How does the book The Devil's Arithmetic by Jane Yolen connect to the Holocaust?

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The Devil's Arithmetic by Jane Yolen is a young adult (YA) novel that focuses on the mysterious time travel of a Jewish teenager from her modern life in New Rochelle, New York to war-torn Poland.

In the book, Hannah Stern is at her family's Passover Seder--a ritual feast that denotes the beginning of Passover and honors the liberation of Israelite slaves from the oppressive ruling of the Egyptian pharaohs. Despite the meaningful significance of these proceedings, she finds the traditions of her religion and lengthy stories of her family members boring.

When Hannah is asked to open the front door (a symbol of welcoming the prophet Elijah), she finds herself hurtled into a whole new life--that of Chaya Abramowicz, a Jewish girl in 1942 who has lost her parents to cholera and is now living with her aunt and uncle.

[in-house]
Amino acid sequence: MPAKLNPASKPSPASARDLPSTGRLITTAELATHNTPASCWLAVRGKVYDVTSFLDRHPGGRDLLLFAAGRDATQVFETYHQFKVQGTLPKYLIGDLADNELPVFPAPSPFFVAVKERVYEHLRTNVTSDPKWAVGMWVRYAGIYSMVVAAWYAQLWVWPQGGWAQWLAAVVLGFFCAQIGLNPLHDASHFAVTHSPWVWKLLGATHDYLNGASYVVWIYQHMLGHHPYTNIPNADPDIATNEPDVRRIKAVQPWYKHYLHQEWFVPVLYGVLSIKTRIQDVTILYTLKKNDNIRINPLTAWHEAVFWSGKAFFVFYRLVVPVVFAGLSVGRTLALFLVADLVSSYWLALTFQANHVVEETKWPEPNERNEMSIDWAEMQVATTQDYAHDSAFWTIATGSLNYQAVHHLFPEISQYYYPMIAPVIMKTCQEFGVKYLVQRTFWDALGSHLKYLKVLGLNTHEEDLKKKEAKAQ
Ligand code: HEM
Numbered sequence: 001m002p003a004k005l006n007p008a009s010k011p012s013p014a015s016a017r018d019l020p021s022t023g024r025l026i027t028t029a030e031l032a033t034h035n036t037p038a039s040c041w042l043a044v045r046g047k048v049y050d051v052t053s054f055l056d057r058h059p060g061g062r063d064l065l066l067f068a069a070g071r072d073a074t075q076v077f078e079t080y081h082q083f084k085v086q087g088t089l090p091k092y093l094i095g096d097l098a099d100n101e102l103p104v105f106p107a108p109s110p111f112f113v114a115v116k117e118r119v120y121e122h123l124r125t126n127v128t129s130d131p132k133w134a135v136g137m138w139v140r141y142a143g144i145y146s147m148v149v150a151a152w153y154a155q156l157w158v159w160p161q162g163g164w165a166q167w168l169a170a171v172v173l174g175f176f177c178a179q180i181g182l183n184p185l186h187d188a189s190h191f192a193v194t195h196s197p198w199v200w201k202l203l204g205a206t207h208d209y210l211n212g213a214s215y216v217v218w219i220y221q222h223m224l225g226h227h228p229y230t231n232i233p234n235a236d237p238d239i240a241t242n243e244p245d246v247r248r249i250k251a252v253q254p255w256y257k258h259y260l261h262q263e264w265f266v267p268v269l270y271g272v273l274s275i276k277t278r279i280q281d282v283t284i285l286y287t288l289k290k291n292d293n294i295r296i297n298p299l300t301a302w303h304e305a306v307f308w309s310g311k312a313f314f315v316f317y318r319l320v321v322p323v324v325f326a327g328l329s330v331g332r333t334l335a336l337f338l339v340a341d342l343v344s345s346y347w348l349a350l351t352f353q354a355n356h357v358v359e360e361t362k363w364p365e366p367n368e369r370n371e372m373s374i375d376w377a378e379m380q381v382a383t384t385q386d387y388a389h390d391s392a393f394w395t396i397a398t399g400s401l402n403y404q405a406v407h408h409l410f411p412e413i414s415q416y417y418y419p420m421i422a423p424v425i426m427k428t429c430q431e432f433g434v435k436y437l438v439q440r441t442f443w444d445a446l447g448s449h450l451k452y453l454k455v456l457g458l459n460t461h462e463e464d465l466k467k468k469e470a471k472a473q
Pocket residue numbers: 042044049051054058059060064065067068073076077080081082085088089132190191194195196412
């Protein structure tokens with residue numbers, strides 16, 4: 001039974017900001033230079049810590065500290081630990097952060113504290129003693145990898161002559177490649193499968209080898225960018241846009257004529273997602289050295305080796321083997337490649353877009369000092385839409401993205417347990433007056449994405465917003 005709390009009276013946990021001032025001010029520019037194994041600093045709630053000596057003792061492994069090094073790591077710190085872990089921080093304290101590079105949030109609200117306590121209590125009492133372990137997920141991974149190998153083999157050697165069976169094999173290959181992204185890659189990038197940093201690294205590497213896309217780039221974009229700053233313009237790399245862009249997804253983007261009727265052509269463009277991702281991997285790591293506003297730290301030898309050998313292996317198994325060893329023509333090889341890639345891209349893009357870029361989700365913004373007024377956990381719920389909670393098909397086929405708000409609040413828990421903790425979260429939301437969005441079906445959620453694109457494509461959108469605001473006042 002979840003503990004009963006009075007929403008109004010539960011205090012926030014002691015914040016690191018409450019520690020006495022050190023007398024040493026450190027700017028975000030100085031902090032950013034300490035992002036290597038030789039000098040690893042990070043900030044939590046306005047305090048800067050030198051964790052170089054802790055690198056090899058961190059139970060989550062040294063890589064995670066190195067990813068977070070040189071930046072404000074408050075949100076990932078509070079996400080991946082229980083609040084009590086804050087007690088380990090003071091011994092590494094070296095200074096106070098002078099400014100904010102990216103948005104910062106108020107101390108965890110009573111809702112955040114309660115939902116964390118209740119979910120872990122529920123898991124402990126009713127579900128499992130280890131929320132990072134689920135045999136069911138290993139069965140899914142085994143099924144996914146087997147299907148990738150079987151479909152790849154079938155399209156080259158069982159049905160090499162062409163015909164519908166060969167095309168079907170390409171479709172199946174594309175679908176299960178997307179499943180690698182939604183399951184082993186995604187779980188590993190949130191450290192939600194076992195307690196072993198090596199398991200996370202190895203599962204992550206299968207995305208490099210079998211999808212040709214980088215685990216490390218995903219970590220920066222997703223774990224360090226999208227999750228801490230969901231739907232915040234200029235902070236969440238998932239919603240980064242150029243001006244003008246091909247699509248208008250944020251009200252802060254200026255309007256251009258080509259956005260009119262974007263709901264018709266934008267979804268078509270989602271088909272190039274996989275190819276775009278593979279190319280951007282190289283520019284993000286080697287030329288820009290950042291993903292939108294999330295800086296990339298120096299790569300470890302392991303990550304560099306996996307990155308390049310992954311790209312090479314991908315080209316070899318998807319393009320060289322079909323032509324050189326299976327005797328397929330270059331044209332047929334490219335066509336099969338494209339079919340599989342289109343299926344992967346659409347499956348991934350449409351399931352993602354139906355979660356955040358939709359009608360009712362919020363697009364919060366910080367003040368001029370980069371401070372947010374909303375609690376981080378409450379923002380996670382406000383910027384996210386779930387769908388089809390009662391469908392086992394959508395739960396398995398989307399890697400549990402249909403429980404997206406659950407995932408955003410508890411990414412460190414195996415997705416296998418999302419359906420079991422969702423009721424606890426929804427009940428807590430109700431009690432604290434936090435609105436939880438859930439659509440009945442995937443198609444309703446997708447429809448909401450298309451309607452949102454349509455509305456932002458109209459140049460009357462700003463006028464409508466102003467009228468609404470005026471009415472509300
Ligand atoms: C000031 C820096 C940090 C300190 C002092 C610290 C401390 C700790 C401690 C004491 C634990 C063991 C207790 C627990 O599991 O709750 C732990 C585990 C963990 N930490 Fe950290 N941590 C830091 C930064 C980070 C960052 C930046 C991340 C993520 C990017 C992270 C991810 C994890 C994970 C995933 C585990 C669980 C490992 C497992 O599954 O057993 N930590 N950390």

Hannah's eventually loses herself entirely in this new life, wholly absorbing her identity as Chaya. Hannah is eventually taken away by Nazi forces to a concentration camp (one similar to Auschwitz). Once there, she is put through all of the unbelievable tortures of the Holocaust. Hannah eventually sacrifices herself to save a friend's life and is killed in the camp's gas chamber.

This final act of bravery transports her back to her real life, where she now can understand the true suffering and triumphs of her Jewish heritage. 

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